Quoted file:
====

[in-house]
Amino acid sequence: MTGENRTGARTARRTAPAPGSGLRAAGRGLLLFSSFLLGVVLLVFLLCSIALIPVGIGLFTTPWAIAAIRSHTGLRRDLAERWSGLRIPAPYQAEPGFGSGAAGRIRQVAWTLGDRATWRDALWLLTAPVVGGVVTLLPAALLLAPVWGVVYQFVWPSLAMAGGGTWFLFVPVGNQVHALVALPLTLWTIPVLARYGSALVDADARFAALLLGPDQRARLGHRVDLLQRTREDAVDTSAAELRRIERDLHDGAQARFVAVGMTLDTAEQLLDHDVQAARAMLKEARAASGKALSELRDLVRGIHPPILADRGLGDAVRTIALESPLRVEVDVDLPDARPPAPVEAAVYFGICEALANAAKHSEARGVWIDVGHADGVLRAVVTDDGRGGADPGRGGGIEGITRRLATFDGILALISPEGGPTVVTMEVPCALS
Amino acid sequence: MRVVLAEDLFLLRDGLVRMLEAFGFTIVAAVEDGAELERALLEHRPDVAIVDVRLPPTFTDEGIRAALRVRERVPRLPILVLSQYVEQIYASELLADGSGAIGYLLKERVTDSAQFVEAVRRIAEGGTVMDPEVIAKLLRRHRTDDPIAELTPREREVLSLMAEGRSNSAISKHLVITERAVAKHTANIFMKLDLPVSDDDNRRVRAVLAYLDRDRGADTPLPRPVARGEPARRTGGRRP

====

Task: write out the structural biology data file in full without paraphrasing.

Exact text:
[in-house]
Amino acid sequence: MTGENRTGARTARRTAPAPGSGLRAAGRGLLLFSSFLLGVVLLVFLLCSIALIPVGIGLFTTPWAIAAIRSHTGLRRDLAERWSGLRIPAPYQAEPGFGSGAAGRIRQVAWTLGDRATWRDALWLLTAPVVGGVVTLLPAALLLAPVWGVVYQFVWPSLAMAGGGTWFLFVPVGNQVHALVALPLTLWTIPVLARYGSALVDADARFAALLLGPDQRARLGHRVDLLQRTREDAVDTSAAELRRIERDLHDGAQARFVAVGMTLDTAEQLLDHDVQAARAMLKEARAASGKALSELRDLVRGIHPPILADRGLGDAVRTIALESPLRVEVDVDLPDARPPAPVEAAVYFGICEALANAAKHSEARGVWIDVGHADGVLRAVVTDDGRGGADPGRGGGIEGITRRLATFDGILALISPEGGPTVVTMEVPCALS
Amino acid sequence: MRVVLAEDLFLLRDGLVRMLEAFGFTIVAAVEDGAELERALLEHRPDVAIVDVRLPPTFTDEGIRAALRVRERVPRLPILVLSQYVEQIYASELLADGSGAIGYLLKERVTDSAQFVEAVRRIAEGGTVMDPEVIAKLLRRHRTDDPIAELTPREREVLSLMAEGRSNSAISKHLVITERAVAKHTANIFMKLDLPVSDDDNRRVRAVLAYLDRDRGADTPLPRPVARGEPARRTGGRRP